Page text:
I make no secret of my enthusiasm for the Hummingbird Bakery’s cookbooks, and I am naturally no less enthusiastic about the bakeries themselves! I spotted a new branch open in Islington in London on a recent trip to the big smoke so I thought I’d pop in and check the cakes were up to scratch. Of course, they were, and my pink vanilla cupcake was snarfled in next to no time at all…
Chocolate chip cookies are one of my favourites- they taste of my childhood. One needs the proper chips for them, however, and these are difficult to obtain in the UK. Only Nestle Toll House chips will do. I pleaded with my mother to bring me some this past Christmas and she obliged, so last week I made a batch.
They came out perfectly and were well-received by all who tasted them. The recipe is here, and for UK bakers, it is imperative to replace the ‘All-purpose flour’ with strong white bread flour.
I am still catching up on blogs I meant to do in 2012!
This year we had some brilliant blackberry-picking adventures. Living out in the countryside, blackberries in hedges are as common as, well, blackberry hedges, so it was not difficult to find a field in which there were more blackberries than we could carry home with us. We also have a bramley apple tree in the garden. So there was much jam-making, all of it done by Mark, and a little bit of pie-making (by me).
The pie below is a simple blackberry and apple pie, with an all-butter crust (half the weight of butter to flour, rub in, add ice water to bind etc) and about equal volumes of chopped up bramleys and blackberries, with a generous sprinkling of sugar. Doused in cream, it was very good indeed.
I should confess now that whilst I did an extraordinary amount of Christmas baking this year, I took no photos of any of it. Oops. I was extremely proud of my mince pies, though, particularly as the pastry finally actually worked out. I put this down to a combination of tips from Nigel and Nigella (Slater and Lawson), who suggest, respectively, chilling the liquid used to bind the pastry with ice, and placing the bowl full of flour and small cubes of butter into the freezer for 10 minutes to chill once you’ve measured it all out and before you rub the butter into the flour. I did both, and the pastry was consequently very easy to work with. I also followed Nigella’s tip to use 00 flour (that’s 2-1 Nigella to Nigel, if you’re counting.) I may need to make another pie shortly to be sure I’ve cemented my skills from this festive season.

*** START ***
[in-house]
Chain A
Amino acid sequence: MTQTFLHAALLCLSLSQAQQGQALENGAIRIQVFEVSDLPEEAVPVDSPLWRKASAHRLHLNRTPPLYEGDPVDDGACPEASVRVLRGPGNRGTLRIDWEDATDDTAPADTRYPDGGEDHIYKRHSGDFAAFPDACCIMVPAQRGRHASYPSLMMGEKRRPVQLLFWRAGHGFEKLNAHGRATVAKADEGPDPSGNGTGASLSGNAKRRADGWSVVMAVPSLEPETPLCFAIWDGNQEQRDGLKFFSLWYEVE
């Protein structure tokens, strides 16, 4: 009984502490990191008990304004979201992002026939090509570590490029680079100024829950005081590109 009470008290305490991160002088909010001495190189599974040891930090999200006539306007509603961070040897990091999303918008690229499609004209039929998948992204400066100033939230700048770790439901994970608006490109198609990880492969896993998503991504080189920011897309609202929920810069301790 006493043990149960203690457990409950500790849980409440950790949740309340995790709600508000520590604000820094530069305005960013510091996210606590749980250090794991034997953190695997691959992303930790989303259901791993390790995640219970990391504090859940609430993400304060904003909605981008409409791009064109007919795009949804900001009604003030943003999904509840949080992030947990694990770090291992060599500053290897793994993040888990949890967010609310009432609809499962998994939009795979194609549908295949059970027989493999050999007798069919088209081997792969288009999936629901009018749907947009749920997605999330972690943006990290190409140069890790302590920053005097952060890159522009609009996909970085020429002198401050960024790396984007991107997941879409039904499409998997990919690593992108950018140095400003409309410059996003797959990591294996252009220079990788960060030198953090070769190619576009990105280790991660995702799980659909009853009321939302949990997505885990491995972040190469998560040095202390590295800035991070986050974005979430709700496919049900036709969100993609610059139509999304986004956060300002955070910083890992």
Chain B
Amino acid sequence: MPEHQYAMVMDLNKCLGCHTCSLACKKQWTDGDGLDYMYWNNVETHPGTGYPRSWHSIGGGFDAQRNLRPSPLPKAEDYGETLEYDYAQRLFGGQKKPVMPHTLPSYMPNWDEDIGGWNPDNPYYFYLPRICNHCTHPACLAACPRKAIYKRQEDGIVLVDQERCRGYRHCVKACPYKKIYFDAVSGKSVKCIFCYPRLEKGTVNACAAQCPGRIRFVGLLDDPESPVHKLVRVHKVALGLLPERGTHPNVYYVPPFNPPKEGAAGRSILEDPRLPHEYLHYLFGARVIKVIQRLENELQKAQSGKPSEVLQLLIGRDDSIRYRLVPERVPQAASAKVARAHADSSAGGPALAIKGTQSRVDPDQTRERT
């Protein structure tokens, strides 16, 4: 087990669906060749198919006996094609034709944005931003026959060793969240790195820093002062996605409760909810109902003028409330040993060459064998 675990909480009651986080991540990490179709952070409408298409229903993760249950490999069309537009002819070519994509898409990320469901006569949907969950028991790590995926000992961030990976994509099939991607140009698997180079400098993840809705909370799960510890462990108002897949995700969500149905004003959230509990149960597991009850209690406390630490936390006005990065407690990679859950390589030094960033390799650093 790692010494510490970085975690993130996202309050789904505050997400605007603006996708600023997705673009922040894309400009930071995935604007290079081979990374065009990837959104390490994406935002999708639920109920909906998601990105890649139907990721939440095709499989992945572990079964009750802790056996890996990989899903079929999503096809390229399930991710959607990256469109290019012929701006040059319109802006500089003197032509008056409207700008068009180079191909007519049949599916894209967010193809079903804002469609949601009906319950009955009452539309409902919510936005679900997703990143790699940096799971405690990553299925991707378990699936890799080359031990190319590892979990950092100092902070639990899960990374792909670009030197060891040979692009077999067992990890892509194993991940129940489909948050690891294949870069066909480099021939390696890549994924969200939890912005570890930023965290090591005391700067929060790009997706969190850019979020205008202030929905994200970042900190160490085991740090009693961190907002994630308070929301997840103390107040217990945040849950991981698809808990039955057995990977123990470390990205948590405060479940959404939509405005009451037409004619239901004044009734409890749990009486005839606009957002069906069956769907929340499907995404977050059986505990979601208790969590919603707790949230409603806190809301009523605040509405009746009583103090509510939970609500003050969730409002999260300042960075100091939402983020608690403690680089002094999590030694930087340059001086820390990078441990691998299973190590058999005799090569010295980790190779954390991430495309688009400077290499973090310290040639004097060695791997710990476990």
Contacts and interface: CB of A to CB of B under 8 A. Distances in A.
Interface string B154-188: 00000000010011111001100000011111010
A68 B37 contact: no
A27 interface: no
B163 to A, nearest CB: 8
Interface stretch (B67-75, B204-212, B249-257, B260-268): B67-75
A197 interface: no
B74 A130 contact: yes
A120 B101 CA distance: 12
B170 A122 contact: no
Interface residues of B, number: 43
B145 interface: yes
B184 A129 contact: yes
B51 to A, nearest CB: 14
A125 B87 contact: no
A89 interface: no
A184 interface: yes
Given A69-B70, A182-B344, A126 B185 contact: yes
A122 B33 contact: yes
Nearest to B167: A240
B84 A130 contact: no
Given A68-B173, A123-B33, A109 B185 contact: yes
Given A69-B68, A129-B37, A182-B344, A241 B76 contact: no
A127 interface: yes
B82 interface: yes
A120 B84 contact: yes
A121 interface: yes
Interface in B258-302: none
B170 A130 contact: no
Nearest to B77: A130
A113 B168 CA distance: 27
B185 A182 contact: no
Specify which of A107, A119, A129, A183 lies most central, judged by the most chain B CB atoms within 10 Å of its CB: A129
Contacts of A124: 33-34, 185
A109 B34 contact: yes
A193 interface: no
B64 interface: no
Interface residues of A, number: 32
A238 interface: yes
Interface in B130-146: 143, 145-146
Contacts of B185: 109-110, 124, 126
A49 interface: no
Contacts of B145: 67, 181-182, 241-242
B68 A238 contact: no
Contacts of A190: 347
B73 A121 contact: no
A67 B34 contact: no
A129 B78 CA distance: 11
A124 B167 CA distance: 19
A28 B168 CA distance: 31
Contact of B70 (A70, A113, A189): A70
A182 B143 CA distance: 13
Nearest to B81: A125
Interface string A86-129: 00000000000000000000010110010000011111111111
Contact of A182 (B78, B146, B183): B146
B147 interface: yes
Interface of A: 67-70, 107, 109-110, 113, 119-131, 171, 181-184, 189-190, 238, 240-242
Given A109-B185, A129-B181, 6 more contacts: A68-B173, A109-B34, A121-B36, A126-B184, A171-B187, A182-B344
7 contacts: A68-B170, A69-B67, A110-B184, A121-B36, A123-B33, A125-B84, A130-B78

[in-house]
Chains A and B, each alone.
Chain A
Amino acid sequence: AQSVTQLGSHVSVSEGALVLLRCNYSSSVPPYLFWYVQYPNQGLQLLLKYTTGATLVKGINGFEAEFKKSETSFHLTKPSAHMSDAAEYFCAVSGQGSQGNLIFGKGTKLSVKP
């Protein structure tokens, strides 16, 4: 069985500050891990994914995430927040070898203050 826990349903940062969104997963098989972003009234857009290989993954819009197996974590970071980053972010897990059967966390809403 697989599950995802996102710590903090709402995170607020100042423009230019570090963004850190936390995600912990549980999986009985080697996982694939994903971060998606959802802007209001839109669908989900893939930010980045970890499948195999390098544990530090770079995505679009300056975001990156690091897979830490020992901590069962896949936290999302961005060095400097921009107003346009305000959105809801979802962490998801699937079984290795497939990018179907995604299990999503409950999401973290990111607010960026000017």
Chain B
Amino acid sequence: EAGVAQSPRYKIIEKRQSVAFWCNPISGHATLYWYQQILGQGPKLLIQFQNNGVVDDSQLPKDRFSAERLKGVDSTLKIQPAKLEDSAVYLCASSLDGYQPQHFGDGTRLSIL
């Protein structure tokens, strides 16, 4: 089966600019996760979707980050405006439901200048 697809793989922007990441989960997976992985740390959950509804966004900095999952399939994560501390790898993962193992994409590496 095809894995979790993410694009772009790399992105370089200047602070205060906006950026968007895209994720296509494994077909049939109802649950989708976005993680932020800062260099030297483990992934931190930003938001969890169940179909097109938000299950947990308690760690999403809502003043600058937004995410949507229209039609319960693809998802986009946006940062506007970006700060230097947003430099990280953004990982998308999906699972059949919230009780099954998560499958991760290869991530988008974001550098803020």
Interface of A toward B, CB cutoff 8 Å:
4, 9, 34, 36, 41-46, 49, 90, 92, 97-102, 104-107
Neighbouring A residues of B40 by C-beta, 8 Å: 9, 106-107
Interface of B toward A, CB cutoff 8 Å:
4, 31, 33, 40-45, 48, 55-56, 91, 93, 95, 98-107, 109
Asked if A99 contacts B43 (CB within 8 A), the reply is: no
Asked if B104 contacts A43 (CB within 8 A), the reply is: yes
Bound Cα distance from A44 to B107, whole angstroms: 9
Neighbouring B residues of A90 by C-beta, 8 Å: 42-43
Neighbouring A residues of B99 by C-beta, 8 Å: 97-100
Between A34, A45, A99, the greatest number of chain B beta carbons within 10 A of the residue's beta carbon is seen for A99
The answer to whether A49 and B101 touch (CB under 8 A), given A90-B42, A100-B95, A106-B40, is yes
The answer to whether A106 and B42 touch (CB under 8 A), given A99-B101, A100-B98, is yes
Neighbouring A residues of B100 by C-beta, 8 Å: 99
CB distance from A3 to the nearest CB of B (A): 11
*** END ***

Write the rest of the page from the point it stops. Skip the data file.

Looking back through my photos, I’ve found a few from this summer which I never shared at the time. The photos seem to indicate more sun than I remember having, but probably because I prefer to get the camera out in the sunshine for obvious reasons!
We were so excited to finally have a garden when we moved to our house in the countryside, and we have really enjoyed having a bit of outside space this summer. I can’t say that we’ve made huge inroads into the world of ‘proper’ gardening but I bought a few seed packets and herbs and things and put them in pots.